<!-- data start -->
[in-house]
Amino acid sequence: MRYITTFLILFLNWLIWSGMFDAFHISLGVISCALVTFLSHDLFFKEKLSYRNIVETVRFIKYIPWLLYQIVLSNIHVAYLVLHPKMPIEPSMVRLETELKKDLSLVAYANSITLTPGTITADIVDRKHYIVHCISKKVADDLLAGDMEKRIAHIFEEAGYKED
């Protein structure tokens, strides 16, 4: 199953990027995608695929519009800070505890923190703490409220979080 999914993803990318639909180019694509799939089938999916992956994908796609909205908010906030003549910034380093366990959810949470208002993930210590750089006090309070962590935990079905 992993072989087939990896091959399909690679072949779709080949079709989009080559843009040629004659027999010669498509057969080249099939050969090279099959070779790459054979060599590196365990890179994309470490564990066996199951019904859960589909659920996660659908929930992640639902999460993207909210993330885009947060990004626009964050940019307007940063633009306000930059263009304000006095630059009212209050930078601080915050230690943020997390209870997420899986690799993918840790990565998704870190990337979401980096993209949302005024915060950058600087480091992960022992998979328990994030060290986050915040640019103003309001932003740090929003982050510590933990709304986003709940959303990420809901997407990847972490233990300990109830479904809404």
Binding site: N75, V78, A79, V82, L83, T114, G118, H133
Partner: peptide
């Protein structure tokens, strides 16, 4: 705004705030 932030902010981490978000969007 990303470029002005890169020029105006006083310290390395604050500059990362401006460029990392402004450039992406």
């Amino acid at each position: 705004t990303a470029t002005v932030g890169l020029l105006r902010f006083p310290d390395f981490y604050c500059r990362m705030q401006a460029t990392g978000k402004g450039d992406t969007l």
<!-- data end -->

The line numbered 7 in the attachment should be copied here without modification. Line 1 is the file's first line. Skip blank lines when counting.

């Amino acid at each position: 705004t990303a470029t002005v932030g890169l020029l105006r902010f006083p310290d390395f981490y604050c500059r990362m705030q401006a460029t990392g978000k402004g450039d992406t969007l």